Tag: illegal immigration

“Papers, Please” in Arizona

The Arizona legislature recently sent Senate Bill 1070 to the governor.

According to this summary from the Arizona legislature, the bill would require Arizona officials and agencies to determine the immigration status of any person with whom they have “lawful contact” where reasonable suspicion exists regarding the immigration status of the person. Any person arrested in Arizona would also have to have their immigration status established and verified with the federal government before they were released.

The documents that can be used to prove legal immigration status under the bill include a valid Arizona driver license, a valid Arizona nonoperating identification license, a valid tribal enrollment card or other tribal identification, or a valid federal-, state- or local-government-issued identification, if the issuing entity requires proof of legal presence before issuance.

If the governor signs the bill, what creates “reasonable suspicion” about immigration status is a question that will have lawyers busy for years.

I’m interested in how well practiced Arizonans and Arizona government officials will become at checking the papers of people in their state. I have little to worry about, of course, because I’m not an illegal immigrant.

UCSB history professor Harold Marcuse maintains a fascinating web page about Martin Niemöller’s famous quotation. There are many versions of it in its long history, and there may yet be more.

Three Steps to Comprehensive Immigration Reform

Congress can and should pass comprehensive immigration reform in 2010. Any legislation worthy of the name would:

1) offer legalization to undocumented workers who have been here for several years, pass a security check, and pay a reasonable fine and back taxes;

2) create a temporary-visa program sufficient to meet future labor needs of a growing economy; and

3) enforce the law against those who still insist on working outside the system, but in a way that does not restrict the freedom of American citizens.

Reform would reduce illegal immigration by offering a legal alternative. It would tighten border security by allowing U.S. agents to focus on intercepting real criminals and terrorists, not dishwashers and gardeners. And it would expand output, investment, and job opportunities for middle-class Americans. Polls show a majority of Americans will accept the three-fold approach to reform. Recent elections confirm that support for reform is a modest plus with swing voters, and a huge plus with Hispanics.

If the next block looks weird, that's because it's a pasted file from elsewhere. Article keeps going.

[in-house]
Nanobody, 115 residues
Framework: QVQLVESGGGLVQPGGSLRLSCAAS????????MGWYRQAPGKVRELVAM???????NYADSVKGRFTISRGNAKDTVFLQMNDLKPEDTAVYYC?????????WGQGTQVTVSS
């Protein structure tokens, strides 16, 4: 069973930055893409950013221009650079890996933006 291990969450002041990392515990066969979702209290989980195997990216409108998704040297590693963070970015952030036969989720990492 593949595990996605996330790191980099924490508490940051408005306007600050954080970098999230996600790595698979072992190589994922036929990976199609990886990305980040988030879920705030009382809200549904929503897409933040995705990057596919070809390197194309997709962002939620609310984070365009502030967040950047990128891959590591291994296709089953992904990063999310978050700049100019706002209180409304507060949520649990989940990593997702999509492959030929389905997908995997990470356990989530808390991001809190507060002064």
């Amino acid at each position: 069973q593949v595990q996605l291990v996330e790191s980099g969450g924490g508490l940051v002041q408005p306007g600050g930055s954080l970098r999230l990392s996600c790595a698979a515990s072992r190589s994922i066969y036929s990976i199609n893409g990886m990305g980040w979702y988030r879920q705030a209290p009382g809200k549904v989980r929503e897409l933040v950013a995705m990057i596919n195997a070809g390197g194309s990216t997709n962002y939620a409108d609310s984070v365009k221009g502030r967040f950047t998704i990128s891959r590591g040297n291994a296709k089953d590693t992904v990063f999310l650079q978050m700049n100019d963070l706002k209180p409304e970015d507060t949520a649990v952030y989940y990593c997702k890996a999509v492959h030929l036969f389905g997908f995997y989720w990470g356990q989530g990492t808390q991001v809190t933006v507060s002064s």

This is an issue where both major parties can work together to fix our immigration system in a way that boosts the economy, enhances security, and expands liberty.

For more, see Cato’s research on immigration.

Arizona Turns Immigrant Workers into Criminals

Lawmakers in Arizona must believe the state’s law enforcement officers have too much time on their hands.

A bill passed by the legislature yesterday will make it a misdemeanor to be in Arizona without proper immigration paperwork. It also directs Arizona police to question anyone about their immigration status if they have reason to suspect the person is in the country illegally. Failure to produce the proper documents could result in arrest, a $2,500 fine, and up to six months in jail.

Making and enforcing immigration law is a federal responsibility. State and local police should focus their resources on preventing crime and apprehending real criminals who pose a danger to public safety.

Police in Arizona seem to agree. According to an Associated Press report,

[The bill] is opposed by police chiefs, who worry that the law would be too costly, that it would distract them from dealing with more serious problems, and that it would sow such distrust among immigrants that they would not cooperate with officers investigating other crimes.

The right response to illegal immigration should be to change our laws to expand opportunities for legal immigration. As our numerous studies have shown, a comprehensive immigration reform bill in Congress that included a robust temporary worker program would reduce illegal immigration, make the U.S. border more secure, and boost our economy.

Schumer and Graham on Immigration Reform: Why Not Do it Without the Biometric National ID?

There is much to commend in the op-ed on immigration reform that Senators Chuck Schumer (D-NY) and Lindsey Graham (R-SC) published in this morning’s Washington Post. Unfortunately, they lead with their worst idea: a biometric national ID card, mandatory for all American workers.

Here’s the good: “Americans overwhelmingly oppose illegal immigration and support legal immigration,” they say. “Throughout our history, immigrants have contributed to making this country more vibrant and economically dynamic.”

Their plan includes problem-solving proposals: “creating a process for admitting temporary workers” and “implementing a tough but fair path to legalization.” The latter would reduce the population of illegal aliens in the U.S.—good—and the former would reduce the need to enter illegally in the first place—also good.

Joined with the enhanced border security they propose, these ideas would address the immigration challenge as well as anyone knows how. (Details matter, and my colleagues will have more to say, I’m sure.)

But then there is their gratuitous national ID proposal for all American workers, and stepped up interior enforcement. “Interior enforcement” is a euphemism for “rounding up illegal workers” under some administrations and “raiding employers” under others.

This is the most specific Senator Schumer has ever been about his biometric national ID proposal, though he’s had it in mind since at least 2007. But it is hardly satisfactory, and the claim there will be no national ID database is almost certainly not true.

Here is the paragraph that captures the senators’ plan: